Is the Razer Core Overkill?

 

The Razer Core is now being rolled out worldwide, with users being able to buy it from the North America webstore and also third party websites with a shipping date of August.

For those not in the know, the Razer Core is an enclosure for a GPU for those that are using a laptop that either has a discrete GPU (such as the GTX 970M) or a piddly Intel GPU built in. Unlike the Alienware equivalent, the Razer Core can be used on any brand of laptop providing that yours has a Thunderbolt 3 connector built in. This is required for the amount of data that will be going back and forth across the GPU and laptop.

However, is this actually a worthwhile route to go down? When it comes to laptops like the Razer Blade Stealth, you’re already paying a premium for what really adds up to a powerful CPU based Ultrabook with not really any grunt in the graphics department. You’re then needing to buy the Core docking station and on top of that an additional GPU to mount into it. All in, you’re looking at over £2,000  for a less than ideal solution. Whilst it’s great that you can use it with any laptop, that is with the caveat as mentioned above that it comes with a Thunderbolt 3 port.

For a smaller price you are able to get a dedicated gaming laptop. The argument that many will throw up here is that gaming laptops aren’t exactly portable. This however varies wildly on which one you have. Currently my daily driver is the Asus G751 and this easily fits into a 17” notebook backpack. It’s not particularly heavy either and the fact that everything is enclosed in one unit allowing me to game anywhere is exactly why I bought a gaming laptop. This is most likely why other people with gaming laptops also bought theirs.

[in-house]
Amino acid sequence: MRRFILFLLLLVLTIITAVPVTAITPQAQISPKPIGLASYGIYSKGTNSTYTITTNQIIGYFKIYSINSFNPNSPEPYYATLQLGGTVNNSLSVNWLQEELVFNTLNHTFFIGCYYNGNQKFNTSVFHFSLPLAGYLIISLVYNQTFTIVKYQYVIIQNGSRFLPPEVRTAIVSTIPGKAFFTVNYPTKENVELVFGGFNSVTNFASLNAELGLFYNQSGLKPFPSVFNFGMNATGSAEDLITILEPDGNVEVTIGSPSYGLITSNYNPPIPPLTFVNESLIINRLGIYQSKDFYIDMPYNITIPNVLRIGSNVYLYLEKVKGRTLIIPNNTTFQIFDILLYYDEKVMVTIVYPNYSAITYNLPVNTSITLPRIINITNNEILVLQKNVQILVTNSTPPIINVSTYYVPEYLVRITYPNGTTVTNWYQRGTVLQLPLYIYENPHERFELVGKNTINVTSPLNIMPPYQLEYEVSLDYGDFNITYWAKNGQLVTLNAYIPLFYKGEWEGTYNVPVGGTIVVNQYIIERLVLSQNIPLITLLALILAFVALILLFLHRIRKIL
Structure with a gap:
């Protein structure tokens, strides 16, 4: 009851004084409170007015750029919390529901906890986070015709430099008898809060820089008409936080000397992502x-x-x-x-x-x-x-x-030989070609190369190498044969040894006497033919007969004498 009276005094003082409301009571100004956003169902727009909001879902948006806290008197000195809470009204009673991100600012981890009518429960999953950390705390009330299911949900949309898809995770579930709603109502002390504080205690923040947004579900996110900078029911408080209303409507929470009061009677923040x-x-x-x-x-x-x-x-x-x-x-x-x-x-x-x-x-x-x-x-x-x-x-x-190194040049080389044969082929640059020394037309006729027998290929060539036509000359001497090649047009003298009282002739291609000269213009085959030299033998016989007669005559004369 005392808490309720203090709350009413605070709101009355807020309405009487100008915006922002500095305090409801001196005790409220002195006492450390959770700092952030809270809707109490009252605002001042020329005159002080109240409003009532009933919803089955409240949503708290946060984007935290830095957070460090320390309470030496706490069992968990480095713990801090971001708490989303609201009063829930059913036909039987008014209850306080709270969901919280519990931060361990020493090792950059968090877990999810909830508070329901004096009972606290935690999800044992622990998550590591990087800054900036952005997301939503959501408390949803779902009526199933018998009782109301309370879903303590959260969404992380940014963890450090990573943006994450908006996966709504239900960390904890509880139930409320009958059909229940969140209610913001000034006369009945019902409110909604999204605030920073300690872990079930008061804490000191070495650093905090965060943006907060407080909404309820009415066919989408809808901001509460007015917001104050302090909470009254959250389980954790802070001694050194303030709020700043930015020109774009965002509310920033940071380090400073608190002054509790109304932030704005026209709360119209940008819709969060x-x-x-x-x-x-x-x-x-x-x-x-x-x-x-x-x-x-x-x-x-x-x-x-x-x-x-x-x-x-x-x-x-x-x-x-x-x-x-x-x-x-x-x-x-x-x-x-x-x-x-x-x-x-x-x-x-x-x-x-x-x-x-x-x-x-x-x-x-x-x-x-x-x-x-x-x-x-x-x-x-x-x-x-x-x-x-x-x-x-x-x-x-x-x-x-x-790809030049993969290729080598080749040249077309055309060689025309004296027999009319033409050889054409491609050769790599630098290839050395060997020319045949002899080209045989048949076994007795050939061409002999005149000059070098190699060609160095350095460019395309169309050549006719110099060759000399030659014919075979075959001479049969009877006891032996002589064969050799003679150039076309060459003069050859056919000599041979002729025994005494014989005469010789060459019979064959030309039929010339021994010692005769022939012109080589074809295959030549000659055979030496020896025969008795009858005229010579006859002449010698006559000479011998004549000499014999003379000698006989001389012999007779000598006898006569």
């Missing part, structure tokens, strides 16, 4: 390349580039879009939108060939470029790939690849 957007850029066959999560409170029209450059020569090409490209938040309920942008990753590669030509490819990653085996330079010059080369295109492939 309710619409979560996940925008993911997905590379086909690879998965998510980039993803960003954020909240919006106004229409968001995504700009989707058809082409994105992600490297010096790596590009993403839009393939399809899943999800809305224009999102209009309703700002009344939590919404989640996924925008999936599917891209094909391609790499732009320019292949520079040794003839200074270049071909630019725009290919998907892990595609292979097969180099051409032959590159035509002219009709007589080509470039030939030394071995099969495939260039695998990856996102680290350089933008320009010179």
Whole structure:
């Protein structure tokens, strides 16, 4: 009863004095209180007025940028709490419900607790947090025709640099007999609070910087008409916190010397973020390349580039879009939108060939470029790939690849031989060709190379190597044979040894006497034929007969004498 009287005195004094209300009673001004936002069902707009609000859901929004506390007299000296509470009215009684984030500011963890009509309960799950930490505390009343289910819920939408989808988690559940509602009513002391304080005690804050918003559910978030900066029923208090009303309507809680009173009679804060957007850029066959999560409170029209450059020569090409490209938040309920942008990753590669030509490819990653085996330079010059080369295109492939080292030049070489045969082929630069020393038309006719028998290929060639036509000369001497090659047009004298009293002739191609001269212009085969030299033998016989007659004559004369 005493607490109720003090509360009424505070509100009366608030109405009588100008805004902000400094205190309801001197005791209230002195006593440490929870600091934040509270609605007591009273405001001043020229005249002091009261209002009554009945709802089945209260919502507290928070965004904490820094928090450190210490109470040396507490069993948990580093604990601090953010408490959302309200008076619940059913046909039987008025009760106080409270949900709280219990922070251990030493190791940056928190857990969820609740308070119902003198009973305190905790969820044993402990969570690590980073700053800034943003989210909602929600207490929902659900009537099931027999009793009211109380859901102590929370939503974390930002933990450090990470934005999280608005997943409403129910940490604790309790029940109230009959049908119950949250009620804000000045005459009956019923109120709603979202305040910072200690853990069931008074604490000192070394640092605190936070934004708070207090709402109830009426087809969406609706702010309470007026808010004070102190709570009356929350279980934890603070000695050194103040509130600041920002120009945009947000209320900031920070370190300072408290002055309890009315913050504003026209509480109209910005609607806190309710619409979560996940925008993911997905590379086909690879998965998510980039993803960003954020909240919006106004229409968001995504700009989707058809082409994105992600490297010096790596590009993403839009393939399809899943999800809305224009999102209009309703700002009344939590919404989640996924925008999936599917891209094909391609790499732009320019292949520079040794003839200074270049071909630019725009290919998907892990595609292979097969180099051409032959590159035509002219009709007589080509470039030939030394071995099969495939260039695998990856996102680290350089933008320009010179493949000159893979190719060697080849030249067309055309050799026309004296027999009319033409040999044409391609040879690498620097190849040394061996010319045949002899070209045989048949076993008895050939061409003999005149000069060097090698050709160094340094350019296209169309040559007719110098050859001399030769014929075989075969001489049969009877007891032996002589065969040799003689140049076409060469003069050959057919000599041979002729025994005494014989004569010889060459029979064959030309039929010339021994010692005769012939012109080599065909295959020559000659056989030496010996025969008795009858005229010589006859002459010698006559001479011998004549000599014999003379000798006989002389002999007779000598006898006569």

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The Razer Core does have its merits, but if you’re going to be spending that amount of money on an enclosure and GPU, you’d be better off building a PC at home for gaming and buying a cheaper laptop that allows you to do work whilst out and about.

It just really feels like overkill and over engineering a problem that wasn’t that big enough to begin with except to target the minority that wants an extremely powerful Ultrabook but wants to game at home.

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